Madness is a band that retains a strong sense of who and what it is. Many of the same influences are still present in their sound – ska, reggae, Motown, rock’n’roll, rockabilly, classic pop, and the pin-sharp vernacular of their beloved London streets. It may be refined and updated, but its essence remains clear and true. This is what they do best. “You may use the same colours,” says Cathal, “but you don’t want to paint the same painting.”
Most colourful of all is Madness’ ability to write songs that sparkle with the stuff of British life; that find poetry in everyday reality – not the faux bright lights of celebrity; songs that may not shy away from death or darkness, but retain the right to employ wit and warmth. They are songs that have left their mark on British pop culture; their spirit endures in the music of Blur, the Streets, Kaiser Chiefs, Arctic Monkeys, Lily Allen, Sway and Plan B (Cathal co-wrote Great Day for a Murder on Ill Manors and appeared briefly in the film.)
In 2012 Madness are in the unique position of having their legacy celebrated by the nation – with historic performances at the Queen’s Diamond Jubilee concert, and at the Olympic Games closing ceremony – while at the same time enjoying a creative renaissance that has led to some of their finest work. This purple patch began with 2009’s critically acclaimed album The Liberty of Norton Folgate, and now Oui Oui, Si Si, Ja Ja, Da Da. Turns out they never lost their songwriting edge after all, they just misplaced it for a few years.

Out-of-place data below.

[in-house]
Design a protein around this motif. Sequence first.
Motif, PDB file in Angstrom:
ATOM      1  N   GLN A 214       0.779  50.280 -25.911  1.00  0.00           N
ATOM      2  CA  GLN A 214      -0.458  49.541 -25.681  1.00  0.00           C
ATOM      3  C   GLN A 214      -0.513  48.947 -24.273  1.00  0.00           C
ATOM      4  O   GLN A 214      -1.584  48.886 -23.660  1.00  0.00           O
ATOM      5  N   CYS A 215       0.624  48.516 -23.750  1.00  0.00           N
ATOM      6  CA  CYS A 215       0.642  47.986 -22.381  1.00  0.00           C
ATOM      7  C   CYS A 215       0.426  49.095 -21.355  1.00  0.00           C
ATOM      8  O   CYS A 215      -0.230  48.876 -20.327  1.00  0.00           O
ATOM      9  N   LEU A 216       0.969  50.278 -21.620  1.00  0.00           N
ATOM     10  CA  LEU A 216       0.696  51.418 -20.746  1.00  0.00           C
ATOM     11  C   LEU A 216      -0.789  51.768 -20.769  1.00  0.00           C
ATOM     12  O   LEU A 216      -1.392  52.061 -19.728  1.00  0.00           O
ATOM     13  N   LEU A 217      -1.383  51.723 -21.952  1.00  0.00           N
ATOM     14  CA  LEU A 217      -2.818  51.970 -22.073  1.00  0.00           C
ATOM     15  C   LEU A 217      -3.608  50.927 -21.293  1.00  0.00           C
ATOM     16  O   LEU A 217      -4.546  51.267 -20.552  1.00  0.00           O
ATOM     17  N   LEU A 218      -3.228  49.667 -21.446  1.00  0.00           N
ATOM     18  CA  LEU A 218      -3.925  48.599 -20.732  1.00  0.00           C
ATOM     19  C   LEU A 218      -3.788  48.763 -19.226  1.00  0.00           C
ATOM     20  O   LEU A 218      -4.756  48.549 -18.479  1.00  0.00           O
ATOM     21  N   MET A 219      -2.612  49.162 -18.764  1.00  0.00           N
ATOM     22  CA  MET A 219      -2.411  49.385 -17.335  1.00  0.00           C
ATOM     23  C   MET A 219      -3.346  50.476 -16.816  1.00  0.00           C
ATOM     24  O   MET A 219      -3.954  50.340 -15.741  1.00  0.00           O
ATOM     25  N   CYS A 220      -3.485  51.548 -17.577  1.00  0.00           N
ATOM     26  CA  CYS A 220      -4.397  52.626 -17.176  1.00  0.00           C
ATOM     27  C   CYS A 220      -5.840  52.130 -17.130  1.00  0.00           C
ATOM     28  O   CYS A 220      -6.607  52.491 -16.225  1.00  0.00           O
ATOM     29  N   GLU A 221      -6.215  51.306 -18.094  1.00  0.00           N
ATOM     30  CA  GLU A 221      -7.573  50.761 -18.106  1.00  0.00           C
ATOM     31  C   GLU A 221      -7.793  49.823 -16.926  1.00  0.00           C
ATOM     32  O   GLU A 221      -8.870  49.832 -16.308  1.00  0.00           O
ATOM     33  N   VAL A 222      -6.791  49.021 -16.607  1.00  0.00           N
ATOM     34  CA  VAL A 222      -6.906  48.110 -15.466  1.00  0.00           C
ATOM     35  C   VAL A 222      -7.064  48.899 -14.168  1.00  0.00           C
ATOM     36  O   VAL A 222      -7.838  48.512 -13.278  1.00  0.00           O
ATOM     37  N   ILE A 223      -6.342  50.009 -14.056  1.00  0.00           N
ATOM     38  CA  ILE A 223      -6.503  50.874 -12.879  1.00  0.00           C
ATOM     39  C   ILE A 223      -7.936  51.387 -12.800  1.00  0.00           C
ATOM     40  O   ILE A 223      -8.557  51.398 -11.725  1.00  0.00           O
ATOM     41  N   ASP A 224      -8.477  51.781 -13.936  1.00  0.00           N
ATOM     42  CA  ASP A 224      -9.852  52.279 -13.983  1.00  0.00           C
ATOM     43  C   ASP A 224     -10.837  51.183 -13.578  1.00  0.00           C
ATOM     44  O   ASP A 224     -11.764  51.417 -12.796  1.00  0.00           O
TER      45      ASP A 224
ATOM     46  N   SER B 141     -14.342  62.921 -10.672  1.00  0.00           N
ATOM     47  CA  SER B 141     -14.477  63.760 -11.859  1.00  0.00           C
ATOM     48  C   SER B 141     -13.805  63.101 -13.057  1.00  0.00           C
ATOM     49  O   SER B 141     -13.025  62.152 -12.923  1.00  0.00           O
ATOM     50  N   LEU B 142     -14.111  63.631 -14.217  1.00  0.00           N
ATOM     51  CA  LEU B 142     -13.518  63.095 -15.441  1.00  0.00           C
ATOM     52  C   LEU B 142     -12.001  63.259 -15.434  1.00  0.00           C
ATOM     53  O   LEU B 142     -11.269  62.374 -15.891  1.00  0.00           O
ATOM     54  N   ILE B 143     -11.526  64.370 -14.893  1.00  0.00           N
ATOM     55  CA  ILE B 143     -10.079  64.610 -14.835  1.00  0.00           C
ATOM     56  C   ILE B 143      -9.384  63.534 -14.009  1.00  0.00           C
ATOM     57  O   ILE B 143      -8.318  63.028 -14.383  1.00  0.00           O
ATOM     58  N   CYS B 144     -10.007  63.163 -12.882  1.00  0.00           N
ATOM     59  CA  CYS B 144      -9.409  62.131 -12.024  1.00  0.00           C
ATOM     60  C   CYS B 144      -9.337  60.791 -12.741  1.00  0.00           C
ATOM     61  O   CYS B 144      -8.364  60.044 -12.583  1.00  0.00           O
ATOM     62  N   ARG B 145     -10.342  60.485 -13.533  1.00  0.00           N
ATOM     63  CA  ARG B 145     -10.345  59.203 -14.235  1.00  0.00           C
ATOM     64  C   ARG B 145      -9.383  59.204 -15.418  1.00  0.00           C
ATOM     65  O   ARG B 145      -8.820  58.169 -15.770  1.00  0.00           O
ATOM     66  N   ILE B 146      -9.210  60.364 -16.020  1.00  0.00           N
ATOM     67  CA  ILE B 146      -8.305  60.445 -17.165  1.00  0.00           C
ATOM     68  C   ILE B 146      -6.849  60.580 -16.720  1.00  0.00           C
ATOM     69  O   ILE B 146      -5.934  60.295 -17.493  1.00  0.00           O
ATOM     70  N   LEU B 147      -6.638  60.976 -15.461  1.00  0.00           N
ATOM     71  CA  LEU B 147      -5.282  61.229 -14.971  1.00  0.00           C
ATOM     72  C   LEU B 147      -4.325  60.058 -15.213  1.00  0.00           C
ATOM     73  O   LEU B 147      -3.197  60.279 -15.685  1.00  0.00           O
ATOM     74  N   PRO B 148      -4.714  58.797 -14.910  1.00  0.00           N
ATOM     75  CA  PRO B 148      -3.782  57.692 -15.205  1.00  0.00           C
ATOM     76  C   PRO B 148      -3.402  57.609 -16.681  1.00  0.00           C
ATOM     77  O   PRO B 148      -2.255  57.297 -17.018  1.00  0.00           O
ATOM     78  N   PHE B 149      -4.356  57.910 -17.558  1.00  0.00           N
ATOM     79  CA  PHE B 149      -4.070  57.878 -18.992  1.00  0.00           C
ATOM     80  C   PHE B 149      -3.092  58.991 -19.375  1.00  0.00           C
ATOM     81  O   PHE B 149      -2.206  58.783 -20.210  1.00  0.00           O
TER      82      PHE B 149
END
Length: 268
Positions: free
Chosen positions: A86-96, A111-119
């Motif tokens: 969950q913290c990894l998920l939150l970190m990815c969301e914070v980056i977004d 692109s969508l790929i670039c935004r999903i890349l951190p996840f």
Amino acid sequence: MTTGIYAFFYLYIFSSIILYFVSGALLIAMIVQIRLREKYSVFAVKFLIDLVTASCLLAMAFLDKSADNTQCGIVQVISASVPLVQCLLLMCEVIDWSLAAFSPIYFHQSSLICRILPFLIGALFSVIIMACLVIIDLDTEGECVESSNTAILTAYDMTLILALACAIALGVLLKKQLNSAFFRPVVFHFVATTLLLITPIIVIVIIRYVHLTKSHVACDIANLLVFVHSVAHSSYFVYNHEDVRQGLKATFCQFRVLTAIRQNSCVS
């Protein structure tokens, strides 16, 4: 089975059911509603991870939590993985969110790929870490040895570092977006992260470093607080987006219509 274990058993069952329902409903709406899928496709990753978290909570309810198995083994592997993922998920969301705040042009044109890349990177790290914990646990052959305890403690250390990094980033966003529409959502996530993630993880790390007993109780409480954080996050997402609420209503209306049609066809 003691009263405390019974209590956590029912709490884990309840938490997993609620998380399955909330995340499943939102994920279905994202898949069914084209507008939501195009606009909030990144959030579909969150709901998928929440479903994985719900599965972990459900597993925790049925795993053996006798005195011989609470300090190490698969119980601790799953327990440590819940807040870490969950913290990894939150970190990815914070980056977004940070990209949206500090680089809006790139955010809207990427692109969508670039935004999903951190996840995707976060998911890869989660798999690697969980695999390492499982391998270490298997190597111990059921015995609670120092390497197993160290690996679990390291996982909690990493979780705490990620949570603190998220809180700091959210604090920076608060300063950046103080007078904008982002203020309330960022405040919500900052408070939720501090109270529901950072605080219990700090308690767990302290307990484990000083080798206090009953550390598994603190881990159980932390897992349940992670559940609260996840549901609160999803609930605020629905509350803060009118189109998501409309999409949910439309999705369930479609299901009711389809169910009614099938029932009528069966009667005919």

It is a curious, though possibly telling, coincidence that Madness started in a recession (1979), came back in a recession (1992), “and here we are again,” says Cathal, “enjoying such privilege and faith – in a recession”. In tough times, Madness is a band people turn to. “It’s a strange thing. I think it’s something to do with the class system, the melting pot of cultures and styles that resonate through our collective voice… and the fact that people need cheering up every now and then.”
Their first gig, at the Hope & Anchor pub in Islington was on May 3, 1979 – the day of the general election that swept Margaret Thatcher to power. “Cast your vote and then down the Hope,” read the tagline on the home-made posters promoting the gig. It was 50p to get in.
Madness were still in their teens. The band had grown up in and around Kentish Town, NW5. The streets were vibrant with style and music, and they had immersed themselves in pop culture – “when you’re in a recession, underground styles and hunger become badges,” notes Cathal – especially the urban sound of the time: reggae, and its uptempo cousin, ska. Lee Thompson, who was something of a tearaway in his youth, admits that his introduction to reggae came during a stint in a reform school where he hung out with black youngsters from Brixton, who monopolised the “ropey old record deck in the corner”. Suggs recalls watching reggae bands like Black Slate in Camden, and visiting dub reggae shops in Finsbury Park and Seven Sisters that were full of “serious cats hanging around playing songs about burning down Babylon – it was a potent scene”.
But there were myriad other influences – working-class music-hall entertainment; Cockney humour; Morecambe and Wise; Motown; Americana; punk; prog rock; Brian Ferry and Roxy Music; and, in particular, a British rock’n’roll band, Kilburn and the High Roads, fronted by the late, great Ian Dury.
“In those days, on the radio, you’d have all these British artists putting on an American accent,” recalls Thompson. “Then along came Ian Dury celebrating real life in England. That was a huge inspiration.”
“He made a massive impact on me,” says Suggs. “Him and Ray Davies writing about the inconsequential bits of ordinary working life, and making them poetic. The songs I wrote, Baggy Trousers and things like that, were very much influenced by him.”